There are multiple contexts given these are subjects that intertwine ethics and faith. However, it can be assumed that some of these most recent circumstances are not all negative or intentional. Perhaps there is a spiritual message that reminds us of lessons from the ministry of Christ. Christ and his disciples worked to teach the meaning and the importance of the necessity to respond to the concept of ethics to the nations. Their message essentially resounded that love and care for all people was good. Selfishness and lack of respect, not just the love of money, is equally the root of all evil. However in these times, self-preservation has become a common mantra and the Apostle Paul’s brutally honest confession in Romans 7:15-20 (NLT) simply has been lost in the sauce. Paul honestly explained that 15 “I don’t really understand myself, for I want to do what is right, but I don’t do it. Instead, I do what I hate. 16 But if I know that what I am doing is wrong, this shows that I agree that the law is good. 17 So I am not the one doing wrong; it is sin living in me that does it. 18 And I know that nothing good lives in me, that is, in my sinful nature. I want to do what is right, but I can’t. 19 I want to do what is good, but I don’t. I don’t want to do what is wrong, but I do it anyway.” Does this sound familiar as reflected in our current state of world affairs and personal choices? Can we at least give Paul credit for acknowledging his truth to others? His statement was not an excuse to continue his inappropriate behavior, but a truth of his own self-awareness that as human beings, our faith can be a saving grace that begins to address the issues that contribute to corruption in our society and to the human spirit.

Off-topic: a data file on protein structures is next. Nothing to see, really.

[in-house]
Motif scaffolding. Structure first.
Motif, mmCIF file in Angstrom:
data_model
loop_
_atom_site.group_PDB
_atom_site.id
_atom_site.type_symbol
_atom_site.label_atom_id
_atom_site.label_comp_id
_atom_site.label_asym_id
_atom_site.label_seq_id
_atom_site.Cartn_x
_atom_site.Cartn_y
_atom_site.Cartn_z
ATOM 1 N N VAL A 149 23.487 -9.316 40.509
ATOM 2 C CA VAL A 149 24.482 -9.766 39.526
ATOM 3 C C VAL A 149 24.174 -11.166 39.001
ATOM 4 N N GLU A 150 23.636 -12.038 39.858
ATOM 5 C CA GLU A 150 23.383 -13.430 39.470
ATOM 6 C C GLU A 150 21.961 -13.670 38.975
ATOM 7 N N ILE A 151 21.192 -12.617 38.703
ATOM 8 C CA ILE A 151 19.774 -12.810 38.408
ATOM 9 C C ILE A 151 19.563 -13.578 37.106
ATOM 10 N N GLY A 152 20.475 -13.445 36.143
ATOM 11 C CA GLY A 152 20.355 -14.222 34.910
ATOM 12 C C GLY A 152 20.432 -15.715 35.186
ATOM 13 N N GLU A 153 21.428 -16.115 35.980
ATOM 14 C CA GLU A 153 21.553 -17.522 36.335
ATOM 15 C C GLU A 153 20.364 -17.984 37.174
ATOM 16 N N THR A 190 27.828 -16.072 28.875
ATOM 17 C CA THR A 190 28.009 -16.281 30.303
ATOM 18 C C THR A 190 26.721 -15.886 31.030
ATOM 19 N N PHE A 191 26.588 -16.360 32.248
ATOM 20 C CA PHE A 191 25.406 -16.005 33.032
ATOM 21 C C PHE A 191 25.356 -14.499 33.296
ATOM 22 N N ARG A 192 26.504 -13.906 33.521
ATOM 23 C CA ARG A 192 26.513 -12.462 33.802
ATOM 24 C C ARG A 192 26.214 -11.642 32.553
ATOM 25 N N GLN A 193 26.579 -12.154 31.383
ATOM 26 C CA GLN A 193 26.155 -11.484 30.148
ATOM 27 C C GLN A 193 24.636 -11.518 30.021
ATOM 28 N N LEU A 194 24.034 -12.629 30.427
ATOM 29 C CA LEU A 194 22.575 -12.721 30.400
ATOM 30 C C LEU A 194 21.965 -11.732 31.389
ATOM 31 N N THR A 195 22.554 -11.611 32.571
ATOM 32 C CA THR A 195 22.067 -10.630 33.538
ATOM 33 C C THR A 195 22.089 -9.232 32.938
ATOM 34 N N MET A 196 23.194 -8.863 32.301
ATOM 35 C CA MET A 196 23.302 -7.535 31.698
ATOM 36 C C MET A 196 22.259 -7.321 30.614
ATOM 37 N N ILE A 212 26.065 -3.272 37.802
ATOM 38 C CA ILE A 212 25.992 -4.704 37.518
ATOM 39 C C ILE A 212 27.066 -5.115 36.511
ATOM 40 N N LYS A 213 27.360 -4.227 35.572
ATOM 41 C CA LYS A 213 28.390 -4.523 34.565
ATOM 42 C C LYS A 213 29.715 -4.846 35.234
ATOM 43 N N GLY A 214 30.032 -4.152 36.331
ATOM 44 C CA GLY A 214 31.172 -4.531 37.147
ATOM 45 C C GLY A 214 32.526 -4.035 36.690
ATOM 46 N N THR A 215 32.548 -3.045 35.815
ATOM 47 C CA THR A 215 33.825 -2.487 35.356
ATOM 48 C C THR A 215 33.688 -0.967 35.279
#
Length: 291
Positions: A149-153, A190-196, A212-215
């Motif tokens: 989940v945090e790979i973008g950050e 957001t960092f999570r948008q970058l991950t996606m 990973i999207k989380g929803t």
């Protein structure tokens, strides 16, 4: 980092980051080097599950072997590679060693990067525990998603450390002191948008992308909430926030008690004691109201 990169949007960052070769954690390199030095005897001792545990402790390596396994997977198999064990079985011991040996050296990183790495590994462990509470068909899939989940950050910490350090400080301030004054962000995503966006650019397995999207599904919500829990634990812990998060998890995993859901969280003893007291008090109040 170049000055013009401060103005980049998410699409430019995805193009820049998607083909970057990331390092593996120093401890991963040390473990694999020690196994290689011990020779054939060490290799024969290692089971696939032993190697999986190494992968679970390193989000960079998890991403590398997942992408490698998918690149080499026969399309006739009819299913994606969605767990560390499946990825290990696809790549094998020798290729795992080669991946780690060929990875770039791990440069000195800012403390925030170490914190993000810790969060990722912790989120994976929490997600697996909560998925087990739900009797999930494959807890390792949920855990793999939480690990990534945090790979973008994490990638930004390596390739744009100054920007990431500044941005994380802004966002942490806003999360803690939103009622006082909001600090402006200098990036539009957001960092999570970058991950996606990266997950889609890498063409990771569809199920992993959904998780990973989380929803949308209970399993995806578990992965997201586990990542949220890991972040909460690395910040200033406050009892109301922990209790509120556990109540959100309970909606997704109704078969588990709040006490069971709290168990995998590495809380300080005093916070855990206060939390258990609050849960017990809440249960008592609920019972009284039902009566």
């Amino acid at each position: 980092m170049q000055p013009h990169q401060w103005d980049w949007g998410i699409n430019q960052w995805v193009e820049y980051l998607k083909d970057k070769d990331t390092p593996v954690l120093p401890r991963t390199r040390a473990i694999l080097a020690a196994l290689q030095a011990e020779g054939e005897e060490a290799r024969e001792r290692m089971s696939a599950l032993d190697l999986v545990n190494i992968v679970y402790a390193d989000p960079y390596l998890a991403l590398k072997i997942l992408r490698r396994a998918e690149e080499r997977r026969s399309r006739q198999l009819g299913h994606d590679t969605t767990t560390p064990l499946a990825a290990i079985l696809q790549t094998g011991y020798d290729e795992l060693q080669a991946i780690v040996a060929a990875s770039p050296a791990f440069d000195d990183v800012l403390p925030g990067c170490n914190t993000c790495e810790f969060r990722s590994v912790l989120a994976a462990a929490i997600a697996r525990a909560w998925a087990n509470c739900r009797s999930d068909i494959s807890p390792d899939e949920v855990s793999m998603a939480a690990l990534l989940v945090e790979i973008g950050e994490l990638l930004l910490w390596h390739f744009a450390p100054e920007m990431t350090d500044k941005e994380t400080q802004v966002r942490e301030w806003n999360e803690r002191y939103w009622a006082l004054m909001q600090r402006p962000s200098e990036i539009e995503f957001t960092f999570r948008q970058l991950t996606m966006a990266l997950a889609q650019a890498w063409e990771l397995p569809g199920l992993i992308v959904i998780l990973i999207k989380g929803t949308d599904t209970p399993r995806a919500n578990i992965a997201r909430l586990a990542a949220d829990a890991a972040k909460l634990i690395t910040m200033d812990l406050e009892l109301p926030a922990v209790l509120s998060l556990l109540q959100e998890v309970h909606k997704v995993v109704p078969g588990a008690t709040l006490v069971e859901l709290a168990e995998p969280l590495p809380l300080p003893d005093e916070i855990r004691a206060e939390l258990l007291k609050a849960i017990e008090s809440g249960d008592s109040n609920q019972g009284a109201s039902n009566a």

The good news is that the cornerstone of Christianity is still built on righteousness, not perfection. Although our government and its leadership have an obligation to be lawful, our community of faith has a job to also be accountable to teach more truth and empowerment. There are biblical laws that are universal. The lack integrity can bring on harsh consequences that spare no one. For example, we can begin with the Ten Commandments. They are regarded to some as ancient fairytales that have less relevance in our lives, yet disobedience of either of them can literally wreak havoc on our well-being as well as our quality of life or even our very existence. Biblical principles must be taught purposely for both salvation and survival and not in vain.